In the prairie town of Abilene, Kan. – boyhood home of GOP President Dwight Eisenhower – two young men are very concerned about the future of the Republican Party.
So they recently helped organize and moderate a panel discussion on how to grow the Grand Old Party. The event drew a pretty strong turnout for a Monday evening, but hardly any young people showed up. Mostly, it was retirees.
Now along comes Republican Paul Ryan, elected on Thursday as speaker of the House. At 45, he’s the youngest speaker since 1869, a generational changing of the guard. And that lifts the spirits of both Travis Sawyer, who like Speaker Ryan belongs to Generation X, and his friend Kenny Roelofsen, a Millennial.
“I’m excited,” says Mr. Sawyer, a financial adviser in Abilene. He remembers Ryan as Mitt Romney’s running mate in 2012, and he hopes that the new speaker, known for his conservative budget proposals, can “get down to the dollars and cents” of fixing America’s debt problem.
He also likes Ryan’s ability to “work past differences and find areas of common ground.”
Ditto on all that for Mr. Roelofsen, who is part owner of a family tractor-parts business. “Plus,” he adds, “Ryan’s younger, and I like to see that, too.”
Ryan may not be running for president (yet). But his energy and charisma, as well as his “opportunity for all” message, could help his party as it tries to entice more young voters, observers say. The high visibility of his office will help him project that.
“It’s possible that Ryan could present an attractive new face for the Republican Party,” says Matthew Green, a political scientist at Catholic University in Washington. “The last time we had a speaker this young, it was a very different time with no television, no Internet,” says Professor Green, author of the book “The Speaker of the House: A Study of Leadership.”
Ryan’s youth, after all, is one reason he was chosen to be a vice-presidential candidate in 2012. One way Ryan can help attract Millennials is to unite the fractious Republican conference, says Douglas Heye, a former House GOP leadership aide.
“Millennial voters are as tired as anyone, if not more so, by the constant bickering in Washington, and Paul Ryan is someone who wants to really break that,” Mr. Heye says.
As it stands, political divisiveness within the GOP and between the parties will work against him, Green says.
Republicans have a steep climb in attracting more young voters. When Barack Obama first ran for president, 66 percent of 18-to-29 year-olds voted for him, according to exit polls. Republicans fared better the next time, but barely. In 2012, 60 percent of young voters backed President Obama.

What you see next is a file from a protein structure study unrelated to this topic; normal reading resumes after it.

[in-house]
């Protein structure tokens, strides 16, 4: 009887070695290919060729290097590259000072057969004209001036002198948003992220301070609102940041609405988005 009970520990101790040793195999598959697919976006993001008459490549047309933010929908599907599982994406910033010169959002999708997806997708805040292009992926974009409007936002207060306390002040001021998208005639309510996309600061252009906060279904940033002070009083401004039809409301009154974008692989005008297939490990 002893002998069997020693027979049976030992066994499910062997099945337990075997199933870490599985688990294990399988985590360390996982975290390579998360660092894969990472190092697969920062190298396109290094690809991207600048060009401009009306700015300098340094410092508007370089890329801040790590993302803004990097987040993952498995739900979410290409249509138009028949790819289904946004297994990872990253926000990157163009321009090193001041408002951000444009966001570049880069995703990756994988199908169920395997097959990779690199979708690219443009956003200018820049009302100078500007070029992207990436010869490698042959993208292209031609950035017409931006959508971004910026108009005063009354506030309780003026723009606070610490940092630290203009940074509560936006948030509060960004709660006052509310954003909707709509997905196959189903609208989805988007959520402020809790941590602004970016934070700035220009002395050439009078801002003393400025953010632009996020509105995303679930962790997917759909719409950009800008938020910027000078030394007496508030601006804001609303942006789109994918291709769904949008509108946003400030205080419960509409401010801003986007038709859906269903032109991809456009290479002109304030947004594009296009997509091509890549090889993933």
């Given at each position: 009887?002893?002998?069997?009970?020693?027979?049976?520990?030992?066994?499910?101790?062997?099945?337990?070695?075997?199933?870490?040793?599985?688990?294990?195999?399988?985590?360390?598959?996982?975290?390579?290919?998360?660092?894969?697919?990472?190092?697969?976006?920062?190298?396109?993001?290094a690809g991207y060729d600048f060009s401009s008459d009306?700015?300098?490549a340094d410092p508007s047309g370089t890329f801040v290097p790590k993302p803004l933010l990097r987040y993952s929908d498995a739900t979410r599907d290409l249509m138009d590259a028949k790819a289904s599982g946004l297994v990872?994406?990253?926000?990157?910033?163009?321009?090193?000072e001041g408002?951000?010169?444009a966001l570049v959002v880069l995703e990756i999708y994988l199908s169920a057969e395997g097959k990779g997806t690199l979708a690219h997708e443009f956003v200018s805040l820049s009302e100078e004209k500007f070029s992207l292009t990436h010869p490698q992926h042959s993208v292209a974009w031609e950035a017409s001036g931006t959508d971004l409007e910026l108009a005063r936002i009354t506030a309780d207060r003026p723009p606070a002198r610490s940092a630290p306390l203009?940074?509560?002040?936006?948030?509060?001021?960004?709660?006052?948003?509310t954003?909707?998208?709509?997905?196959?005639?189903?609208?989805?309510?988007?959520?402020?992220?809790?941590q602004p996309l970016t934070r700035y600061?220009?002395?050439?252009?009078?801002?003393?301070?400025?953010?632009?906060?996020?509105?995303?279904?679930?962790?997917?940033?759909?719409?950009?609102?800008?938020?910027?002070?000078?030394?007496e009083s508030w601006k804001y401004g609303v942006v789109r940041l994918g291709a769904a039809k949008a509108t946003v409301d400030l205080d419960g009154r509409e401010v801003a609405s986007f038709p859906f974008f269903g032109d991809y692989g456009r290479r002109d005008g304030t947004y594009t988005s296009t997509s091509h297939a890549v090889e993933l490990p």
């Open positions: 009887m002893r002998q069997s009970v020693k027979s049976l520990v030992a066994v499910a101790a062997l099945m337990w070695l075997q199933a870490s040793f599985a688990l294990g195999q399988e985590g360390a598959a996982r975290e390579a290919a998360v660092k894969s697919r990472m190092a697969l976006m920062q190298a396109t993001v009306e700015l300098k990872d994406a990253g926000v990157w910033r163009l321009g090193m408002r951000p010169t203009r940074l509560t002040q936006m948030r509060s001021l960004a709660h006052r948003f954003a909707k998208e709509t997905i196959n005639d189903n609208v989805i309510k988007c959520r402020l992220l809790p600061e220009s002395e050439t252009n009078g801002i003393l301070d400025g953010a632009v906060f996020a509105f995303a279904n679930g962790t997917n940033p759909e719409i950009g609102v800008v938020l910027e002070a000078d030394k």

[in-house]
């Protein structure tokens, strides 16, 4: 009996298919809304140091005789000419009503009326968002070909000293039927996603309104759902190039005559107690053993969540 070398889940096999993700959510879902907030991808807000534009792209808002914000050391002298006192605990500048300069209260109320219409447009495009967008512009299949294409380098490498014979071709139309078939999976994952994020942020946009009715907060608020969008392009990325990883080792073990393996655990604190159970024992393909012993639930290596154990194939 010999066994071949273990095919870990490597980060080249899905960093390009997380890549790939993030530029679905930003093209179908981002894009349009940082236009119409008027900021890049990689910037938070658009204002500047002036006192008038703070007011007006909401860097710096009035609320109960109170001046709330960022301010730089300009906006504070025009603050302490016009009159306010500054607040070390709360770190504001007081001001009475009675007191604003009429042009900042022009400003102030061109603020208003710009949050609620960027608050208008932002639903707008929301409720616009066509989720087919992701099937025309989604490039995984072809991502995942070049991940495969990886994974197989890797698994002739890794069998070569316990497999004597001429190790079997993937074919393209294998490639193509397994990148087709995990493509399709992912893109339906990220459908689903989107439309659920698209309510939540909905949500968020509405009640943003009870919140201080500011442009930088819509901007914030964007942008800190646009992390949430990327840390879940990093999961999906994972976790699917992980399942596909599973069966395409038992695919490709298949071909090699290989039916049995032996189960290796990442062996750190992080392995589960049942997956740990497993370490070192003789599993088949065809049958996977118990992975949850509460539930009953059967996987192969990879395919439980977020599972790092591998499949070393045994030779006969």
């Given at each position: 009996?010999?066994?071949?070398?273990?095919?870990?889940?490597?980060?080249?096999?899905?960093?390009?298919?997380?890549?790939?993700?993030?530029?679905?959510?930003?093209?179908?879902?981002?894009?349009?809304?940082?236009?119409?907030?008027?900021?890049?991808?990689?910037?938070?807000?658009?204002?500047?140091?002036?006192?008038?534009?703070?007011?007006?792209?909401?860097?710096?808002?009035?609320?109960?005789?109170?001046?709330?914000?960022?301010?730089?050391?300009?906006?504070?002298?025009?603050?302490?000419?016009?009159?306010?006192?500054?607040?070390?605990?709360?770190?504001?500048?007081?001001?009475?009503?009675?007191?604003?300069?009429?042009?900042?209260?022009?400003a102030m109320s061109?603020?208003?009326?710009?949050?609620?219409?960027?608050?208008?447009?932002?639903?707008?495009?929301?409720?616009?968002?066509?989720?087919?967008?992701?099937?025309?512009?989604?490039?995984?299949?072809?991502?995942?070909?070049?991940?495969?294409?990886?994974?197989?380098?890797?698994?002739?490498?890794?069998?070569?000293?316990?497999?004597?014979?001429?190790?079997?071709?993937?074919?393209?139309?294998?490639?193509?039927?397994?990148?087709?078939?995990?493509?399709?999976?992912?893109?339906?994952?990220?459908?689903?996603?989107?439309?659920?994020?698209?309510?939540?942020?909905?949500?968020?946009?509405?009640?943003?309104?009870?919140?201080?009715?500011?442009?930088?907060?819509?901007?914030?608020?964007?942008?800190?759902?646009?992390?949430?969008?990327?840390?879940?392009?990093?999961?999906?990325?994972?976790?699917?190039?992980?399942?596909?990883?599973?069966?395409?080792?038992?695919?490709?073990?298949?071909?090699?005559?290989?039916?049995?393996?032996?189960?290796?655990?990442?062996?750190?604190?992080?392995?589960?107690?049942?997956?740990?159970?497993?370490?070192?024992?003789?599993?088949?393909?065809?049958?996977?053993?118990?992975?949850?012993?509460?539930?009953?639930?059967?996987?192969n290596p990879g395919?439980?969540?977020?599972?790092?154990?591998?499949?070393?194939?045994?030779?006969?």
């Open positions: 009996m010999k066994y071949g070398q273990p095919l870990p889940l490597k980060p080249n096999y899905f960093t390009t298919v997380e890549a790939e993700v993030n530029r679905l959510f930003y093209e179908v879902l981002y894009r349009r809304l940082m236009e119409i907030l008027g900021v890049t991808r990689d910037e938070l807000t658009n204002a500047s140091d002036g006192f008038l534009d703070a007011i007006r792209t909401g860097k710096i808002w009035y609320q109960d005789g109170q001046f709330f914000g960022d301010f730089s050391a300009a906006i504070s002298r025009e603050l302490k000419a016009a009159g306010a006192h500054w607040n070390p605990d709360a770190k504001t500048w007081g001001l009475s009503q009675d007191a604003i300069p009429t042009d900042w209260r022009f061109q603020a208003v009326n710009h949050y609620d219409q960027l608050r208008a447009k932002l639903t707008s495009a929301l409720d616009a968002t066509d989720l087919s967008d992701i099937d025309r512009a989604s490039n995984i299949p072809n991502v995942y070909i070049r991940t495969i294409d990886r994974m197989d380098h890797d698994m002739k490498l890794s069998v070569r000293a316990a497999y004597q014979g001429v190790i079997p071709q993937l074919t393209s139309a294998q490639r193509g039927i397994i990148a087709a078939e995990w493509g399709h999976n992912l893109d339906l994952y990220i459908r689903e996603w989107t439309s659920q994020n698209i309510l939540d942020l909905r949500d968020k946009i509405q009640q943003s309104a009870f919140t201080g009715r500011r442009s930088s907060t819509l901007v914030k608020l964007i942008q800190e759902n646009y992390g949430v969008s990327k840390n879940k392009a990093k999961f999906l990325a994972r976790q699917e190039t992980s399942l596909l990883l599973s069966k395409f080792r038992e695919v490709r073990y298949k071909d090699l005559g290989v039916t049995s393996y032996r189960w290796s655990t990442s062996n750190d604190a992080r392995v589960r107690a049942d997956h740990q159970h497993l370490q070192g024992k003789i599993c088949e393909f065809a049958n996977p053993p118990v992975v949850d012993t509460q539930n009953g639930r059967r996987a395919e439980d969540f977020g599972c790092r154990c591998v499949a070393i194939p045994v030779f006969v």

When Ryan was running alongside Mr. Romney, the campaign played up his youthful interests, like the rap-metal band Rage Against the Machine. Ryan may be worth millions now, but when he was a low-paid legislative staffer, he moonlighted on Capitol Hill as a waiter and fitness trainer. He does yoga, too.
Because Ryan wants to spend weekends at home with his wife and three children in Janesville, Wis., the new speaker says he won’t be repeating the heavy fundraising schedule of his predecessor, John Boehner. Young fathers like Sawyer in Abilene, who has two sons, find his example of work-life balance appealing.
But as Democratic presidential candidate Bernie Sanders has shown, age is not the determinant in attracting young people. It’s the message – and his authenticity – that attract.
A 2014 study by the Pew Research Center shows that Millennials vote heavily for Democrats and support liberal views on many issues, from same-sex marriage and marijuana legalization to support for activist government.
Ryan, on the other hand, is a conservative’s conservative, advocating smaller government, steep budget cuts, and paying down the debt. He and Romney touted a plan to turn the costly Medicare system into a voucher plan for future seniors – though traditional Medicare would still be available. Democrats attacked it and voters rejected it.
But included in that orthodoxy is a kind of inclusiveness that will attract young people to the GOP, says Arthur Brooks, president of the American Enterprise Institute, a right-leaning think tank in Washington.
A special focus for Ryan is poverty. His mentor was the late Republican Jack Kemp, a congressman and vice-presidential candidate, who championed “enterprise zones” offering tax breaks to foster businesses in poor neighborhoods. Ryan spent much of 2014 visiting urban neighborhoods, and welfare reform is one of his priorities.
“We are going to do all we can so working people get their strength back and people not working get their lives back. No more favors for the few. Opportunity for all – that is our motto,” Ryan said in his acceptance speech Thursday.
“Paul Ryan believes very strongly in a new kind of message, a new opportunity society,” Mr. Brooks says. Democrats such as Senator Sanders can offer “halfway” solutions, he says, but Republicans such as Ryan want to tap aspirations.
“It’s not a generational thing. It’s a new way of thinking about old issues,” Brooks continues. Ryan, he says, is helping conservatives remember why they are conservatives.
“It’s not because we care about tax breaks for billionaires, for Pete’s sake. That’s so boring. We got into this because our country is hurting people we’re supposed to help.”